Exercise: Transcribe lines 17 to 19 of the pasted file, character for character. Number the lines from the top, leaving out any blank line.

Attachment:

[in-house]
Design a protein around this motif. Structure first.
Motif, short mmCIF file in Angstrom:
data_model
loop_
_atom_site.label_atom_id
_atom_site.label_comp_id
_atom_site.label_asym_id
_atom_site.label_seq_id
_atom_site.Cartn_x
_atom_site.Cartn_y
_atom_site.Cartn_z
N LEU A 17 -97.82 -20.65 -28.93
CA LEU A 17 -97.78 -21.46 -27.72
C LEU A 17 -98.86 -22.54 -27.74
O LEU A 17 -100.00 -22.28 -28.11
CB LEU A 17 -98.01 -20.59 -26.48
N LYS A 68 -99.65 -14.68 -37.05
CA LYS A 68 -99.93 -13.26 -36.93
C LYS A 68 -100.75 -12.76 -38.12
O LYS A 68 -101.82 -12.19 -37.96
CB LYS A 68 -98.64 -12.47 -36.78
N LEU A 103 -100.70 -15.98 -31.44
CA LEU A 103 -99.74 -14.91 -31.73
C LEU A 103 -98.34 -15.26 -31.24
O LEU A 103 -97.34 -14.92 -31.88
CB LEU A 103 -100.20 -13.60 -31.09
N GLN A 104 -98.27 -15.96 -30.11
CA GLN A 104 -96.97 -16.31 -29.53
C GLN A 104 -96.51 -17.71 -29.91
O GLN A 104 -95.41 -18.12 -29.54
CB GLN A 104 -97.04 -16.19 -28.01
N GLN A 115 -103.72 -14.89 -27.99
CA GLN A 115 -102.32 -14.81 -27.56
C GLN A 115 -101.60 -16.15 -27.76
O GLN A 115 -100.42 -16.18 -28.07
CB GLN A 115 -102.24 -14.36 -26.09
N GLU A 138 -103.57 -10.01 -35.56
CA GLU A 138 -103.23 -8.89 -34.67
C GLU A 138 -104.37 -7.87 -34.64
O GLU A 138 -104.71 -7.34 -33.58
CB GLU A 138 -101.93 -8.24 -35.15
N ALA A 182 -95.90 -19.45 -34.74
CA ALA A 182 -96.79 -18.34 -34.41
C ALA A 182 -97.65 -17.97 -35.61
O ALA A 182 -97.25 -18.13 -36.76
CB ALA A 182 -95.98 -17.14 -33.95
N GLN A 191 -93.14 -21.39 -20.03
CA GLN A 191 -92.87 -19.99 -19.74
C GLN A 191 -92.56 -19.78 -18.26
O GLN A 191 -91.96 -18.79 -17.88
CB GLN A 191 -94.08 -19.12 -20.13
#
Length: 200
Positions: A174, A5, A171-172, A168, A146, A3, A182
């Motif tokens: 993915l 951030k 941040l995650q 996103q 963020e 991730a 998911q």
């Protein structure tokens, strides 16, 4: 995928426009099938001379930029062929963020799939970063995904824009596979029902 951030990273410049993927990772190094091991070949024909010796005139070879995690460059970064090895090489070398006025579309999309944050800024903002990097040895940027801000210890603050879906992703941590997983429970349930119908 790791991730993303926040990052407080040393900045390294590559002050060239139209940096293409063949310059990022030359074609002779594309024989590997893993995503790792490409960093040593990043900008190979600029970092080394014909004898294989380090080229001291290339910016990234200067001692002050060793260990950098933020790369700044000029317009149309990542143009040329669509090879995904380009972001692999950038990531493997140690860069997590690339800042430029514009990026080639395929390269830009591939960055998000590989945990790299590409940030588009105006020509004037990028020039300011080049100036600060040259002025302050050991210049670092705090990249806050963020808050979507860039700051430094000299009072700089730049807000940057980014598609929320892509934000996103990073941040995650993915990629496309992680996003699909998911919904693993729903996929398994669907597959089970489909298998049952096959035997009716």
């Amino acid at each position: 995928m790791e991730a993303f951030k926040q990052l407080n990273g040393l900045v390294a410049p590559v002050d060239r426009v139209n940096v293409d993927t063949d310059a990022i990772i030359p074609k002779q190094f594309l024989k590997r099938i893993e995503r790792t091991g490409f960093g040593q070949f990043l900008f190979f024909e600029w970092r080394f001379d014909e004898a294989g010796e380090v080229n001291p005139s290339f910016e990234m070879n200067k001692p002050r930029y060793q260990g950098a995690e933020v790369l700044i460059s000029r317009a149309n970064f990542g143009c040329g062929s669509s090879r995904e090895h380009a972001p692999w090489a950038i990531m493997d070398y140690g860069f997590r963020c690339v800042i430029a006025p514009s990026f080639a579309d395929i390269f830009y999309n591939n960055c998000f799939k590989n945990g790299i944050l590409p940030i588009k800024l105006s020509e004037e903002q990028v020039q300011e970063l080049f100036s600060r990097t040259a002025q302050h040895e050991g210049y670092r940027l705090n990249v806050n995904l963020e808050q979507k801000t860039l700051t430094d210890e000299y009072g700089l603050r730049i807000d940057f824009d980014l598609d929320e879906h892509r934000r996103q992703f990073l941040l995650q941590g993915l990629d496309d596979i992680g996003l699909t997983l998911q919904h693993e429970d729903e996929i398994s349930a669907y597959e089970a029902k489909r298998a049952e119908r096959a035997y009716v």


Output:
CB LEU A 17 -98.01 -20.59 -26.48
N LYS A 68 -99.65 -14.68 -37.05
CA LYS A 68 -99.93 -13.26 -36.93